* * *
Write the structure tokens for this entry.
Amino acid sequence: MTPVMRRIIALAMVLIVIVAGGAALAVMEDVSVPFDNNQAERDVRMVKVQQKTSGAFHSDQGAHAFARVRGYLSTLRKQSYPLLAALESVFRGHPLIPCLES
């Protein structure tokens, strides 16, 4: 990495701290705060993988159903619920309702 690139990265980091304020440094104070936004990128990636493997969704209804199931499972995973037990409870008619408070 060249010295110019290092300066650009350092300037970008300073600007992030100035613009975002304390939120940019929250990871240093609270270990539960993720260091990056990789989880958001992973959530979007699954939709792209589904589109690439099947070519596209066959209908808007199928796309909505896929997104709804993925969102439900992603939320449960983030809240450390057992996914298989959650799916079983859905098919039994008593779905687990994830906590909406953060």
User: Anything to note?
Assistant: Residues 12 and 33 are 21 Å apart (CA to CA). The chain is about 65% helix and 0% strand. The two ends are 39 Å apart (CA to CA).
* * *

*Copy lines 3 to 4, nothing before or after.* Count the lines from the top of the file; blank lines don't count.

């Protein structure tokens, strides 16, 4: 990495701290705060993988159903619920309702 690139990265980091304020440094104070936004990128990636493997969704209804199931499972995973037990409870008619408070 060249010295110019290092300066650009350092300037970008300073600007992030100035613009975002304390939120940019929250990871240093609270270990539960993720260091990056990789989880958001992973959530979007699954939709792209589904589109690439099947070519596209066959209908808007199928796309909505896929997104709804993925969102439900992603939320449960983030809240450390057992996914298989959650799916079983859905098919039994008593779905687990994830906590909406953060």
User: Anything to note?